Tuesday, March 15, 2011

Does Mathematical Beauty Pose Problems for Naturalism?

Does Mathematical Beauty Pose Problems for Naturalism?
Russell W. Howell
Prof. of Mathematics, Westmont College - Santa Barbara, California
July 28, 2005
The process of pure mathematical thought and the engagement with ever-surprising, profound new statements and their proofs (fulfillable mathematical intentions) reveals, alongside with a never-ending, other-worldly depth of pure mathematical discovery, the true meaning of Cantor's words,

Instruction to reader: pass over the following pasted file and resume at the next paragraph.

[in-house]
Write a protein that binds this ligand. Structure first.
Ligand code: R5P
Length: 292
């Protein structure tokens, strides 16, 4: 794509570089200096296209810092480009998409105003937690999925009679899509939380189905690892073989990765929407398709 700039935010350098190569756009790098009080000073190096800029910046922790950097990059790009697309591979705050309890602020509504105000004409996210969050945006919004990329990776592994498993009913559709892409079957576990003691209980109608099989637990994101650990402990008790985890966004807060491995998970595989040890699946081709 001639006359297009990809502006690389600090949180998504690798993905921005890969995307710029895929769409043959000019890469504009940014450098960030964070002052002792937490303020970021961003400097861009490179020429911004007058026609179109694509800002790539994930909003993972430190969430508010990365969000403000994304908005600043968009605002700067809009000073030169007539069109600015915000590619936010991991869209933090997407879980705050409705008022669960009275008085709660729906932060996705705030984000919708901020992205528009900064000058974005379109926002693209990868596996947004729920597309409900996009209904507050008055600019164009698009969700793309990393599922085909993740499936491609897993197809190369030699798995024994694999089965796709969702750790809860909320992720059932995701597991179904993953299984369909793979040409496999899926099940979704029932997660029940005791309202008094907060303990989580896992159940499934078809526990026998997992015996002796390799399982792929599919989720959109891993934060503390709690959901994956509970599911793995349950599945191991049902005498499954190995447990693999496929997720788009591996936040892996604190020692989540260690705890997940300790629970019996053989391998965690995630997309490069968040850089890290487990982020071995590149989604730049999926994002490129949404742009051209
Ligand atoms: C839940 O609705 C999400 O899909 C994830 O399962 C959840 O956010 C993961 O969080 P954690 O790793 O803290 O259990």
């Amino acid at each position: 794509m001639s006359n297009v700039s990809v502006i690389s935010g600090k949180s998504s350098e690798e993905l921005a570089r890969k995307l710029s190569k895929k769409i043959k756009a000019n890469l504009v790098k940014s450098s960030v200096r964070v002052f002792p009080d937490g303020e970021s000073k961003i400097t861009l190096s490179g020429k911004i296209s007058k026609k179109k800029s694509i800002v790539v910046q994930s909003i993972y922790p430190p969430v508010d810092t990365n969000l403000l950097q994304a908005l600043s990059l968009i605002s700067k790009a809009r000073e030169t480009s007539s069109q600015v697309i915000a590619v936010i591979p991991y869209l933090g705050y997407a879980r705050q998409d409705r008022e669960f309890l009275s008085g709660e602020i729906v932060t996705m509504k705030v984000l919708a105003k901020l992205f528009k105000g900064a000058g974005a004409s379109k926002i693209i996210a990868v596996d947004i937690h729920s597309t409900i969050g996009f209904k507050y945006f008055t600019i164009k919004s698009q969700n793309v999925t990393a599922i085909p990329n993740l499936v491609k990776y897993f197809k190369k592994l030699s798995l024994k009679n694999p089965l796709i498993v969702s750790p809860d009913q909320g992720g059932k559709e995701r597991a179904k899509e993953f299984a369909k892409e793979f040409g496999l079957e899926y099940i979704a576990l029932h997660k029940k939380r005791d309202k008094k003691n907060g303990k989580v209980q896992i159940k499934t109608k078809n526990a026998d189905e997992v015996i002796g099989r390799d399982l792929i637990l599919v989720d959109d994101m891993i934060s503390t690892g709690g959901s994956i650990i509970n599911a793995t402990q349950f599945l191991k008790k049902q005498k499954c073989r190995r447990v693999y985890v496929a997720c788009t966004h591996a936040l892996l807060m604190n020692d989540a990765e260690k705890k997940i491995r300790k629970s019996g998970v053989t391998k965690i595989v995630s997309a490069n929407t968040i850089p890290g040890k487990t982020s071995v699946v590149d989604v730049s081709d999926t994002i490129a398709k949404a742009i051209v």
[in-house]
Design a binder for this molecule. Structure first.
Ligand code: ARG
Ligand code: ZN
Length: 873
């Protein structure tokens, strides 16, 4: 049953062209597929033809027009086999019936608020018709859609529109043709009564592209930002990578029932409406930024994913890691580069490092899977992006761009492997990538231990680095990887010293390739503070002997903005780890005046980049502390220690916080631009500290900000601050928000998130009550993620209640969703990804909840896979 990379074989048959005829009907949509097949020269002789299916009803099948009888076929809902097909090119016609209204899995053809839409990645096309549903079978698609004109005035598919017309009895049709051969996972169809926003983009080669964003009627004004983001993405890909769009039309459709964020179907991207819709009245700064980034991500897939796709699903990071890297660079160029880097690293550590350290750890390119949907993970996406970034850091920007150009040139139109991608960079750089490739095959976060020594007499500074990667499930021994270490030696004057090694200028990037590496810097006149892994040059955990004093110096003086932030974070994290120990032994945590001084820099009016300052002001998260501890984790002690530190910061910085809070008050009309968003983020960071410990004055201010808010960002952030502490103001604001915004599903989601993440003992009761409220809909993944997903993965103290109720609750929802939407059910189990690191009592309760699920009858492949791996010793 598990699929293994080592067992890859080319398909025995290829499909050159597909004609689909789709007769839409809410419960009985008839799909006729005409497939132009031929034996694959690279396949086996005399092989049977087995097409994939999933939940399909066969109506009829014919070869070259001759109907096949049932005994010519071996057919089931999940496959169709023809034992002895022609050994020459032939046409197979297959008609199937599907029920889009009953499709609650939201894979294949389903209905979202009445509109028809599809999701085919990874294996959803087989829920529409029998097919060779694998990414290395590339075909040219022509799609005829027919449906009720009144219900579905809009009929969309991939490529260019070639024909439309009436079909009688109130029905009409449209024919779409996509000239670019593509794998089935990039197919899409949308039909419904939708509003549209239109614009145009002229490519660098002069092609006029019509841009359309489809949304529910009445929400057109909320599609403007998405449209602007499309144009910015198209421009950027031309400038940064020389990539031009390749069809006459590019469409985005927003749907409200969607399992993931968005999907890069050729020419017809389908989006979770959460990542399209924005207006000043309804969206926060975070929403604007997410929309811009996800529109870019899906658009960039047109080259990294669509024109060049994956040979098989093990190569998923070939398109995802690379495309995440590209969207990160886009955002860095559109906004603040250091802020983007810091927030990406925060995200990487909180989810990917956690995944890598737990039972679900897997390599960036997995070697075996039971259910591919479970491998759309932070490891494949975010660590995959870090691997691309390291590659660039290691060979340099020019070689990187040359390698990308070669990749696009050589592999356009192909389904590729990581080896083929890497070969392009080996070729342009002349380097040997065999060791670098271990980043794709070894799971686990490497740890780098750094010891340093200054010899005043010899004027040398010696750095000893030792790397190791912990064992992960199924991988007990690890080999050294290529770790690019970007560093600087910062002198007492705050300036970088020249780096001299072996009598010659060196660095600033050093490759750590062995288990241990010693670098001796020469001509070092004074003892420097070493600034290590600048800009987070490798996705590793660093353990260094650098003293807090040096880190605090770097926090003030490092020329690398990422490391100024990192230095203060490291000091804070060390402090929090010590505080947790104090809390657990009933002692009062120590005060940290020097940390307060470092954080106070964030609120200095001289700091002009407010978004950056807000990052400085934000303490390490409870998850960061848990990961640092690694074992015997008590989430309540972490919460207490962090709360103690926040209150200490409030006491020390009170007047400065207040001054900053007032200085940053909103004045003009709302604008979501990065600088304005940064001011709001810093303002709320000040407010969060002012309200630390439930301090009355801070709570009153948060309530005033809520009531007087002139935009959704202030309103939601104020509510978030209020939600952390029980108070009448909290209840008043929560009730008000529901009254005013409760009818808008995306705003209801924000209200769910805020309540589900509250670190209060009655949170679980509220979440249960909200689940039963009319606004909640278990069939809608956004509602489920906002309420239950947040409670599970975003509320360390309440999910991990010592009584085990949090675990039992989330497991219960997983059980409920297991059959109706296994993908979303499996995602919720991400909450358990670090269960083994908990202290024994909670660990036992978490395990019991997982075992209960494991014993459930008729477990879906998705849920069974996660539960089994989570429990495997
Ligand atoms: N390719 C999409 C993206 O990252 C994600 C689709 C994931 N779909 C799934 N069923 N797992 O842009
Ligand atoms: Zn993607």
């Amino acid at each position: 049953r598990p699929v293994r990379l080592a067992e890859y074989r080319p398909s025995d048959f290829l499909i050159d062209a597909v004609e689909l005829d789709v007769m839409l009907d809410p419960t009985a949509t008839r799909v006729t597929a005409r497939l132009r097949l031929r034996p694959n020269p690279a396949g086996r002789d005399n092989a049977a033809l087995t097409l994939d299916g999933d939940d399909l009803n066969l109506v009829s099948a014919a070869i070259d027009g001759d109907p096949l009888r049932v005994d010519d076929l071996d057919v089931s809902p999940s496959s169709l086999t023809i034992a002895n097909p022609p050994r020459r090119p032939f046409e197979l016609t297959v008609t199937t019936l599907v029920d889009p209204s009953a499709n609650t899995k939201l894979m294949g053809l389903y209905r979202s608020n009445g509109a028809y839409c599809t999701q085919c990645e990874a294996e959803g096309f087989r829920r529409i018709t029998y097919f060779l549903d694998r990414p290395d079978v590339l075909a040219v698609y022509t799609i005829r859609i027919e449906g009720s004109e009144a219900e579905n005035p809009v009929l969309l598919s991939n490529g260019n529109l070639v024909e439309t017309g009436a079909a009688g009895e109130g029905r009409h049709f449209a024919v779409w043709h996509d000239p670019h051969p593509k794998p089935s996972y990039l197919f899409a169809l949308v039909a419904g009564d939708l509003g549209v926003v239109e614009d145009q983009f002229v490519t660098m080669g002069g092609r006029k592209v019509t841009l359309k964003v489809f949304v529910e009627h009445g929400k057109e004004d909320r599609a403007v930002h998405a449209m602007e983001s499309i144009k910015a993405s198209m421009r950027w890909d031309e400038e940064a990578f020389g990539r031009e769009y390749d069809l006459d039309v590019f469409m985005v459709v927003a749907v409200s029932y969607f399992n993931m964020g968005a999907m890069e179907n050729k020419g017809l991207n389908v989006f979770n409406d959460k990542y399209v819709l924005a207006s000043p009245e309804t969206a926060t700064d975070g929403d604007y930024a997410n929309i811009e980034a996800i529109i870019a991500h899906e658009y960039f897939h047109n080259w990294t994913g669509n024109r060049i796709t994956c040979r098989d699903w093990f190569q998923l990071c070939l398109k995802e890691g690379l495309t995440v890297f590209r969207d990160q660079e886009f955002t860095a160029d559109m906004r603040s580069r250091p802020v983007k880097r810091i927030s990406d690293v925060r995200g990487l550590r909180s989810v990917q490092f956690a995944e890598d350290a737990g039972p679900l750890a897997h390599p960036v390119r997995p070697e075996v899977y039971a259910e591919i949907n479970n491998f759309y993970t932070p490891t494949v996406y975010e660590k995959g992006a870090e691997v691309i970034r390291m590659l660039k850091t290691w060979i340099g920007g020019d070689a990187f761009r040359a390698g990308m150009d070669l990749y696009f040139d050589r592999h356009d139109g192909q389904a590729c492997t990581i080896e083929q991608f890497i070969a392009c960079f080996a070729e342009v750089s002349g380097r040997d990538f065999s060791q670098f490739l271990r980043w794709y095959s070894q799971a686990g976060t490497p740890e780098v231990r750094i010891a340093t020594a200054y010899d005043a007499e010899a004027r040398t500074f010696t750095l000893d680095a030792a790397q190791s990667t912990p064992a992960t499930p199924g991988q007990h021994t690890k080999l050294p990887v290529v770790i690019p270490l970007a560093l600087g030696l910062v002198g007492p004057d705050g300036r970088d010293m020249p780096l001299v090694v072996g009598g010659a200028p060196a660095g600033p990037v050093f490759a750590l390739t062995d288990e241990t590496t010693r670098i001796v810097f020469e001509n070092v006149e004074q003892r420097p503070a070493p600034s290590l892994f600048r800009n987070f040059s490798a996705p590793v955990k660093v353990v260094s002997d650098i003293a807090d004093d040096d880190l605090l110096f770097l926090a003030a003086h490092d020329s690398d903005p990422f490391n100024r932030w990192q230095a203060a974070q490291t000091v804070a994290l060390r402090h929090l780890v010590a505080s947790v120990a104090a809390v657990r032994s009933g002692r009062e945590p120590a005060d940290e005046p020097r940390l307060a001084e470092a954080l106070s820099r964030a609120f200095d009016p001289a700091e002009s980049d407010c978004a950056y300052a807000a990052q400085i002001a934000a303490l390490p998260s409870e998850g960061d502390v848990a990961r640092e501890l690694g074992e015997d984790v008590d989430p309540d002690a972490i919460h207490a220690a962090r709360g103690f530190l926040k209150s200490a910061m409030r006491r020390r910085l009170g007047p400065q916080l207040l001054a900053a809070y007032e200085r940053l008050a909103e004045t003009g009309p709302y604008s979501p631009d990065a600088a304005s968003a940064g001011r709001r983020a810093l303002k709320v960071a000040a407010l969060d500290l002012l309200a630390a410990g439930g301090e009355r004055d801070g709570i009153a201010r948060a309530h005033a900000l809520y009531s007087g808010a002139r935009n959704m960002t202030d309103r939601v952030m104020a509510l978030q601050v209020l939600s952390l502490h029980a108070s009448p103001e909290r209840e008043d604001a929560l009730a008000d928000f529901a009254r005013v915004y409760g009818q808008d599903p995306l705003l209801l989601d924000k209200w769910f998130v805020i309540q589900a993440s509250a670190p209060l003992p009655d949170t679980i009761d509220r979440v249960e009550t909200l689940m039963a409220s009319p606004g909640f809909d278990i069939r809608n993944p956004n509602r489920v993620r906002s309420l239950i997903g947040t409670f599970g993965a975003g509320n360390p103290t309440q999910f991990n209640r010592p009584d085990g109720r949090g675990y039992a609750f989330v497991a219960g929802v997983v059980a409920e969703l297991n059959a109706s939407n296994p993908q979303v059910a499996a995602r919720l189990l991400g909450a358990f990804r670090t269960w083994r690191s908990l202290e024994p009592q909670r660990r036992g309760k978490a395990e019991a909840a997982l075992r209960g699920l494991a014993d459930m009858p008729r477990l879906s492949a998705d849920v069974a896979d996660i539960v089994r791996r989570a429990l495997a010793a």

'the essence of mathematics lies in its freedom'
Through that participative process, the mind acquires a sense of distinctiveness and autonomy of mathematics with respect to the physical world/processes. The (contingent) physical world(s)/universe(s)? No need for such hypotheses (turning the tables on Laplace, here). No need for a 'working' hypothesis of a physical world out there in the depth of pure mathematical exploration. This is not good news for naturalism.The same case for profound freedom can be made by poets and artists.  (MC)